Baby wipes clean everything. As a matter of fact, I think I use them more for purposes other than diaper changes. We always keep a container of wipes in the car. Besides scrubbing sticky snack residue from hands and faces, you can launder an entire Gucci suit using one baby wipe and leaving no marks. Ice cream, mayo, blood (don't ask), coffee, chocolate, seat stains, grease--you name it and wipes can clean it. They also work great for last minute shoe shines.
Your child steps in poop at the park and you'd like to tie the shoes to your radio antennae so they don't stink up the car on the way home. However, with enough baby wipes, you can remove most of the droppings that caused the offending odor. This happened to me last summer with the stroller. I was chatting away with a friend and didn't notice that a giant glop of fresh dog do was stuck to the front wheel. Let's just say that it took more than one wipe to get it clean as the sun set and the park vacated. Security arrived to ask me to leave so that they could close the gate, but when they smelled what I was doing, they said I could take my time, retreated quickly to their pick-up as though they were under fire, and closed the windows tightly.
Same for business. If we have a piece of apparel on display at a hotel or retailer and a stain magically appears, we just pull out the baby wipes, give that puppy a scrub, and, viola!, clean as a whistle. Before I show a rental, I like to ensure that it's in perfect shape. But if there's a telltale carpet stain from the last prospective tenant, I don't fear. Dab, dab. Stain gone.
I also carry a black Sharpie permanent marker everywhere I go. It's attached to my keychain. If I notice a scratch on any of our black shoes, I pull out my magic Sharpie wand and, in a flash, the shoes look newly polished (from a distance, that is). When I look in the rearview mirror and see a gray hair that I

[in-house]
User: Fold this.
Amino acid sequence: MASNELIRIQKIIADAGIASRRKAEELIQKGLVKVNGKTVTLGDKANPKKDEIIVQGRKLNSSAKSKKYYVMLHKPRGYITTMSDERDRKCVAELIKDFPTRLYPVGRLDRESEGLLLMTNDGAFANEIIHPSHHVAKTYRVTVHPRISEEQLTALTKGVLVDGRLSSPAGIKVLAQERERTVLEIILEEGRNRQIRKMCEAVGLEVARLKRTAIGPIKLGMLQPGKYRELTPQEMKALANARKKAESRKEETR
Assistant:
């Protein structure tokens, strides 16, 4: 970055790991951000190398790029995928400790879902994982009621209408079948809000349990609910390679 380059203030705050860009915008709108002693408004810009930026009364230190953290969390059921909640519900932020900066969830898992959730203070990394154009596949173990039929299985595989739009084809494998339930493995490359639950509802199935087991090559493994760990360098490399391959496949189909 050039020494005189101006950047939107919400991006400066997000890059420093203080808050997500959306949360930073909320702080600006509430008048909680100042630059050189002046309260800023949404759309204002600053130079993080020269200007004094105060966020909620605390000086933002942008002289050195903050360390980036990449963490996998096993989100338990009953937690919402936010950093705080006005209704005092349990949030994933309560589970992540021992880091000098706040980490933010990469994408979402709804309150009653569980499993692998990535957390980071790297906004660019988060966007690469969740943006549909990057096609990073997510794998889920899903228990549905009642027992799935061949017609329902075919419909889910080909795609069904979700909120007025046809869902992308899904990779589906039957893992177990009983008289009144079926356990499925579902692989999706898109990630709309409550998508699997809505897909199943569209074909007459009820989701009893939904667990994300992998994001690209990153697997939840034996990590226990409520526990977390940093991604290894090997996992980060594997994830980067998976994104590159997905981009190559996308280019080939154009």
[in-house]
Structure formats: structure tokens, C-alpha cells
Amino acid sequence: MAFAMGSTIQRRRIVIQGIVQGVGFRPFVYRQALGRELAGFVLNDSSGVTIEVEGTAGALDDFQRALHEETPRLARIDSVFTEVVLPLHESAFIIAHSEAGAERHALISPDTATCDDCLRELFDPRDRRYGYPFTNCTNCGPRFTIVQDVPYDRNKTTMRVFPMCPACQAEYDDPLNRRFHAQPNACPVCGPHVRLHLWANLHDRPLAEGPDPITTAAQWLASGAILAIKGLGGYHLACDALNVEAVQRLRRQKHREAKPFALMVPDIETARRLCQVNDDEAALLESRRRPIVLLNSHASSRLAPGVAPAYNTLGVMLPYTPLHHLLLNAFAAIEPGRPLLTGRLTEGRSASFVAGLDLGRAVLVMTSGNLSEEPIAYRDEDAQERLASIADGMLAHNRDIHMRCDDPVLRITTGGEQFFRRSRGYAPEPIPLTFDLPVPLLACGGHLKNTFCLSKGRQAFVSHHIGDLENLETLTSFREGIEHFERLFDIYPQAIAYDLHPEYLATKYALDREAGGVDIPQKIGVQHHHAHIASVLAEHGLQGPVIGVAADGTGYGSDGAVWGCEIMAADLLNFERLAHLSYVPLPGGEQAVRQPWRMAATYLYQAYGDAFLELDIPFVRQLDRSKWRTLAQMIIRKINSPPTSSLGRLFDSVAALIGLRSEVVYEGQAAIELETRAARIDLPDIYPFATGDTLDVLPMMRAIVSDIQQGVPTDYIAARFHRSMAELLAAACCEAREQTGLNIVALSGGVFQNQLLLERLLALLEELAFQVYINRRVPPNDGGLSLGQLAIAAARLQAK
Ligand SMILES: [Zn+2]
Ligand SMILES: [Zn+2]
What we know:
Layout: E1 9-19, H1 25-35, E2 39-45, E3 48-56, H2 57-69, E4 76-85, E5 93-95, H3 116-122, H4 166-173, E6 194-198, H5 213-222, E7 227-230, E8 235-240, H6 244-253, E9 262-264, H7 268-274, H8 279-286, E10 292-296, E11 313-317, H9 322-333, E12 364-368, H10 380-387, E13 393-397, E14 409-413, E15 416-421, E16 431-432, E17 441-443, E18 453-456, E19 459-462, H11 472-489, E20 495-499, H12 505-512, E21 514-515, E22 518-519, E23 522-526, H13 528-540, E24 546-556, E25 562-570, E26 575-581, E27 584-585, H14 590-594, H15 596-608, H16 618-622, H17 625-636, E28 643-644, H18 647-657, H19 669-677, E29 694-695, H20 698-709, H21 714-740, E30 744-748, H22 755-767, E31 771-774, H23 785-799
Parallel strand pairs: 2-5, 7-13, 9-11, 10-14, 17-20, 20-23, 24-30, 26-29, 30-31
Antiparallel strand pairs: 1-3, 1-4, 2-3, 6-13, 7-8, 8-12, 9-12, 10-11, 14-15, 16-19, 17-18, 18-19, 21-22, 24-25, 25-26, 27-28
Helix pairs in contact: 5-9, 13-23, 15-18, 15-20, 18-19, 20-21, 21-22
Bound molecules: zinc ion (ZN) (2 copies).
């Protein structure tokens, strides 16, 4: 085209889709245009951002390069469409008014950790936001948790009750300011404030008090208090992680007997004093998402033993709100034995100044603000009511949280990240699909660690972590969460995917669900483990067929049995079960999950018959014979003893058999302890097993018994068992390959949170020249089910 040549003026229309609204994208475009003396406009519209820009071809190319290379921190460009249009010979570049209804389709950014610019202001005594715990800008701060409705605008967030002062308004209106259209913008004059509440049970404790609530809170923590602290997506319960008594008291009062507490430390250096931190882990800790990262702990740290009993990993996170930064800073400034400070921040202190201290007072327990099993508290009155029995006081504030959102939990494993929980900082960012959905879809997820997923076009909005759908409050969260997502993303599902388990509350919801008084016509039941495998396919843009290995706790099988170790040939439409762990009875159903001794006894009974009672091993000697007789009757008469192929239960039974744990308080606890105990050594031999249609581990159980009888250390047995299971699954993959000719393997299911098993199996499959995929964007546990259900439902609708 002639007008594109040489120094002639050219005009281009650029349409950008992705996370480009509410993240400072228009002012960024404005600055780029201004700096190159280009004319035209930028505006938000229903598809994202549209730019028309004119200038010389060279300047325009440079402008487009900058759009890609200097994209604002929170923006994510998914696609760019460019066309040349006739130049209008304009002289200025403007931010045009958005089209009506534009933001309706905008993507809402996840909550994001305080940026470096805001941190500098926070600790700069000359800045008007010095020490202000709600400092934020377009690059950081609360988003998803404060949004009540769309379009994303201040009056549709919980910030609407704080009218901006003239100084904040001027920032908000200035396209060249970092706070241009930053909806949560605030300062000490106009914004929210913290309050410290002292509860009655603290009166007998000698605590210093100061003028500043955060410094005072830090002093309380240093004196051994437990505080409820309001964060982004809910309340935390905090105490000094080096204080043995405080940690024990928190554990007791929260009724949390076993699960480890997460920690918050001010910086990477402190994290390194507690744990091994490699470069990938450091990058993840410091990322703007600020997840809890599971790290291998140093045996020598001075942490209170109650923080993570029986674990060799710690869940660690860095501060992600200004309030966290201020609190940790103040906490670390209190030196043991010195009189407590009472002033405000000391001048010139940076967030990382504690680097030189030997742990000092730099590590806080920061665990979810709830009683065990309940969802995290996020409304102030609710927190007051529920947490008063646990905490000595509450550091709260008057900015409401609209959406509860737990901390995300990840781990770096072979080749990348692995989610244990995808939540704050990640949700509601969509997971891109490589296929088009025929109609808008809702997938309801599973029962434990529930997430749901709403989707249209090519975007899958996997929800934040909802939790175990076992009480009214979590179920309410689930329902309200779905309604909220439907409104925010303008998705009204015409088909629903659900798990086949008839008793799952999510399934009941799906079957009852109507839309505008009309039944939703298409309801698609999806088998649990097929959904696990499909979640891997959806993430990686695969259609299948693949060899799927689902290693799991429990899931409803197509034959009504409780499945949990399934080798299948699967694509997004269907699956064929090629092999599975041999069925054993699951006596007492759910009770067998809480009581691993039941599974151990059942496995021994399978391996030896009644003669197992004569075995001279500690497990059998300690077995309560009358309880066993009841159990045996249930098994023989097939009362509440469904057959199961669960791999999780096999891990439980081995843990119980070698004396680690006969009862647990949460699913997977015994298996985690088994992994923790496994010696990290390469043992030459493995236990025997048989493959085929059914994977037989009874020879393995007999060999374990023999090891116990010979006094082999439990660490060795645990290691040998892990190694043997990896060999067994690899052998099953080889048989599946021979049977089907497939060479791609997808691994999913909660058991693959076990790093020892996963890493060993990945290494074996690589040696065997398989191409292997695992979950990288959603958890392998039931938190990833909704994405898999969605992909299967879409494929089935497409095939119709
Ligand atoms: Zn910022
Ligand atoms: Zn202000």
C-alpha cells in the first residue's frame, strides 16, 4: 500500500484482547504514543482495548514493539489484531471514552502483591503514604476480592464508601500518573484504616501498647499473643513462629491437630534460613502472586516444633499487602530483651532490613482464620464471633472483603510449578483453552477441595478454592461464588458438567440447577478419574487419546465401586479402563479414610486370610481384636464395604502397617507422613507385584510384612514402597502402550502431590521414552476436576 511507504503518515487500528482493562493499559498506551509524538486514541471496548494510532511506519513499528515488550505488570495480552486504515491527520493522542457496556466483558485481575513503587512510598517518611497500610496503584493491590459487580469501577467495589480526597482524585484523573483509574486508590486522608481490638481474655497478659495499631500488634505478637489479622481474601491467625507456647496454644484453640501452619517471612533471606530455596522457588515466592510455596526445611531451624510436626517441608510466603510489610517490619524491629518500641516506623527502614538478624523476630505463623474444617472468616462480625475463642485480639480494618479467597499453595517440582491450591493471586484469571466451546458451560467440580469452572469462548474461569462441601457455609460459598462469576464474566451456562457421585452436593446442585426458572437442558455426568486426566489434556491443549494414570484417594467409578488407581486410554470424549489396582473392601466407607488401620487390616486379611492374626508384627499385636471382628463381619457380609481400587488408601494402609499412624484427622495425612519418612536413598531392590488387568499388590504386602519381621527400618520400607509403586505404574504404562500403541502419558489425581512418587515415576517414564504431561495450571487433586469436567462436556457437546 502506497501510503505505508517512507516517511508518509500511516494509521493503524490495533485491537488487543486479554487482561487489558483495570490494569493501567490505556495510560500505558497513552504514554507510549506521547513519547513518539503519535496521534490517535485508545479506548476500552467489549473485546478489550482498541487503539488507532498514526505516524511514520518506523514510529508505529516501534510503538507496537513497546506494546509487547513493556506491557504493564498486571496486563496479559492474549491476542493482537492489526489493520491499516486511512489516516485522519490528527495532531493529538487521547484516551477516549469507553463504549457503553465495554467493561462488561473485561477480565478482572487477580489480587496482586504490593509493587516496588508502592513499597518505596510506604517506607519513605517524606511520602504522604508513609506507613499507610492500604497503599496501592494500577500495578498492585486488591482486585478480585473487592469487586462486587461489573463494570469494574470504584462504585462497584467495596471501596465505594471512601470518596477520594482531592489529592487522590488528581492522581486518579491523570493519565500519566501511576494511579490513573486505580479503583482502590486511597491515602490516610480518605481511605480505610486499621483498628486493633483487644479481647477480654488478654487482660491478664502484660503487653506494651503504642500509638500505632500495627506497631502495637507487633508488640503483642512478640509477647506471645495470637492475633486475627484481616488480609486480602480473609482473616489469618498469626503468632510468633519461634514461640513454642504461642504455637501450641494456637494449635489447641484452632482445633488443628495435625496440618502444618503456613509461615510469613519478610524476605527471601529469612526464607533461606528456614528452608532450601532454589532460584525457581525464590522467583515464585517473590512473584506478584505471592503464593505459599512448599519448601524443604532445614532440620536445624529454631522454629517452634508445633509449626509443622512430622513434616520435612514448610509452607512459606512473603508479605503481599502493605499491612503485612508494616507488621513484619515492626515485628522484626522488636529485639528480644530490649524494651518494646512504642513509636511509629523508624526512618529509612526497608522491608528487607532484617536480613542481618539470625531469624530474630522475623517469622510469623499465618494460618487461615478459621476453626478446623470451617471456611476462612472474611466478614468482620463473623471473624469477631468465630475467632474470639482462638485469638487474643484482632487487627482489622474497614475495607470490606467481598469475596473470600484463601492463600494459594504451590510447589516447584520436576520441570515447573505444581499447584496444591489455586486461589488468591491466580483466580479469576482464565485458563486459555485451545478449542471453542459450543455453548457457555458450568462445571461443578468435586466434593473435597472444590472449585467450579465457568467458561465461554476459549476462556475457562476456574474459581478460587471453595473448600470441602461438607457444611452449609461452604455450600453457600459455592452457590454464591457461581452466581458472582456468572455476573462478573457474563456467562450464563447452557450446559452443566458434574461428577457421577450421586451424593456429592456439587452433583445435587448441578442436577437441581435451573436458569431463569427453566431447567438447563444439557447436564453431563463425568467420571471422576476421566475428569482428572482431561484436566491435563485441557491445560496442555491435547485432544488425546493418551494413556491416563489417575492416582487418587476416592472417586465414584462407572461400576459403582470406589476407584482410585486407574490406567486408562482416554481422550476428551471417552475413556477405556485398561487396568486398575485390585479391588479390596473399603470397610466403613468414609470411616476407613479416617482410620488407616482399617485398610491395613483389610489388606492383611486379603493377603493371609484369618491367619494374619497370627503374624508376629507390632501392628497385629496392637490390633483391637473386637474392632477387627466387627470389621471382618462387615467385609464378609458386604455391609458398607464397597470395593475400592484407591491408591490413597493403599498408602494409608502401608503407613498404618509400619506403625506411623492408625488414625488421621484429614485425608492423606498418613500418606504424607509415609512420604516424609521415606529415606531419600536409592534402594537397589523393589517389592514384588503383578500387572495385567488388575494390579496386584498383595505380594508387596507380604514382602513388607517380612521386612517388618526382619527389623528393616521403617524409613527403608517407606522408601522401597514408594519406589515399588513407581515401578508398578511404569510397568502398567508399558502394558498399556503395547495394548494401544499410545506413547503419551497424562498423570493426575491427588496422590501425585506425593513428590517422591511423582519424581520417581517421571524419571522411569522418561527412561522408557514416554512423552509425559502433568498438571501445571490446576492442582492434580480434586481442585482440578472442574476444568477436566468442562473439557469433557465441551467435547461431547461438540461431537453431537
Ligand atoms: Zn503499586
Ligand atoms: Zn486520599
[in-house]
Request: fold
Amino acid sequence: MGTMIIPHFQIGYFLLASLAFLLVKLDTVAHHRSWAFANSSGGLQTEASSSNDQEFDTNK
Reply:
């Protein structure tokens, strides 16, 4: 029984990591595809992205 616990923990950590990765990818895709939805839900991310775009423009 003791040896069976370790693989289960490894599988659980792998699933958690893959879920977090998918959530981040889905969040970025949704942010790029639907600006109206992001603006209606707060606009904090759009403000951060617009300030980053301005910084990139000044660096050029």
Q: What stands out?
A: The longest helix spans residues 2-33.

Sharpies come in so handy when I need to make a "For Rent" sign. Or, if a middle school punk decides to pull out our sign and take it home with him again, I can threaten to write "I love my mommy!" on his forehead. He'll be sure to be the talk of the student body the next day. If I'm about to enter a business meeting and notice that I accidentally splashed Soft Scrub with bleach on my black skirt, I whip out my Sharpie, scribble over the faded area, and walk in with a well-dressed attitude.
My personal favorite necessity is super glue. I should buy it by the jug. Unfortunately, they only sell it by the quarter ounce like an expensive bottle of perfume. I need my super glue more than a desire to smell pretty. I don't just fix everything with super glue. I've turned it into an art form. Away from home, I use it for the many knobs, moldings, etc., that break off of the car. Before I reattach something, I clean it with a wipe and adhere it with super glue. Now I'm talented enough to apply it without getting my fingers stuck together. Needless to say, broken items come a dime a dozen in my house. I've repaired every type of medium utilized in the manufacturing of products: most plastics, porcelain, resin, Nerf (foam), rubber, metal, felt, cloth, stucco, paper, wood, drywall, you name it.